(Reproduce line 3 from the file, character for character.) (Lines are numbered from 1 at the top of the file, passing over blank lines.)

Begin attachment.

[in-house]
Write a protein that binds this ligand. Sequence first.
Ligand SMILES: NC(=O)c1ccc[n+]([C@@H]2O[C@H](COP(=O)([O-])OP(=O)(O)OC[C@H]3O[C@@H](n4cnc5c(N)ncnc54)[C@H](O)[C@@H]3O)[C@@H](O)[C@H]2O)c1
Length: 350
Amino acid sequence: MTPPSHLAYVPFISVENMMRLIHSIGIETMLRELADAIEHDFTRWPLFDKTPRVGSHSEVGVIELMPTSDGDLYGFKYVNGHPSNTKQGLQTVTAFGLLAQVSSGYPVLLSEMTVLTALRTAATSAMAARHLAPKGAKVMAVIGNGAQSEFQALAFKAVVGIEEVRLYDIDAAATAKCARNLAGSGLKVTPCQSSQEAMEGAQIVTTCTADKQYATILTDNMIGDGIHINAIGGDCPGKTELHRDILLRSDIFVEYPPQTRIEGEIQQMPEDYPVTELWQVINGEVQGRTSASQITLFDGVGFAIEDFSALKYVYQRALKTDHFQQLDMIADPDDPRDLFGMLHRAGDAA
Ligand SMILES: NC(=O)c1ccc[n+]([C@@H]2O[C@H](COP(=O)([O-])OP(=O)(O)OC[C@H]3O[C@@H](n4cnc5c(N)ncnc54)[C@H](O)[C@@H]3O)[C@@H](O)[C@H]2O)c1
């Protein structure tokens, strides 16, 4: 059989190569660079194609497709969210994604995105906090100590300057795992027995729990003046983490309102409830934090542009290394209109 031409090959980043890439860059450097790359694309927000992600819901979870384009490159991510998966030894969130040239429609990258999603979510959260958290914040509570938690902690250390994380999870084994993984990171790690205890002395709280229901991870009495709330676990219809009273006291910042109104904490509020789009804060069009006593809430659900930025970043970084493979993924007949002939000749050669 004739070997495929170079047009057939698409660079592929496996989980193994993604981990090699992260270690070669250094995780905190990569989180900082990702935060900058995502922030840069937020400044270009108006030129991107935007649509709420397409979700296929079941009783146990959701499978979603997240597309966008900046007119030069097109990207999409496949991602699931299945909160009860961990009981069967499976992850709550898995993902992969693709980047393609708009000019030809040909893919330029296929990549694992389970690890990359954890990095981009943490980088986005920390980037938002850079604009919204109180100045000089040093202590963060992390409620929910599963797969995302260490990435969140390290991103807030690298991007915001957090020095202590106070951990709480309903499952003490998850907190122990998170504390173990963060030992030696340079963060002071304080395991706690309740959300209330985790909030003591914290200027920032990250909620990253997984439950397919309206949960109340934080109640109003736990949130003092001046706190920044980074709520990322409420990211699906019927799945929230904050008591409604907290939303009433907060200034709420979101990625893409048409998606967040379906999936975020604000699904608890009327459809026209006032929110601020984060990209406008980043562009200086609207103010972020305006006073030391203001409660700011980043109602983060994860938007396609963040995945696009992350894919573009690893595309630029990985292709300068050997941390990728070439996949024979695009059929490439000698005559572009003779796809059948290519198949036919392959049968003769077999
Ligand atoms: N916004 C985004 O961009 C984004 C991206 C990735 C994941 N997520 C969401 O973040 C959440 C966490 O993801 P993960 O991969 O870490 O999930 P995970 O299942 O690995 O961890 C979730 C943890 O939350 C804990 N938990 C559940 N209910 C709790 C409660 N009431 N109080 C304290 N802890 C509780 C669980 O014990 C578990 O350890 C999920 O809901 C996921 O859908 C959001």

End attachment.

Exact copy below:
Ligand SMILES: NC(=O)c1ccc[n+]([C@@H]2O[C@H](COP(=O)([O-])OP(=O)(O)OC[C@H]3O[C@@H](n4cnc5c(N)ncnc54)[C@H](O)[C@@H]3O)[C@@H](O)[C@H]2O)c1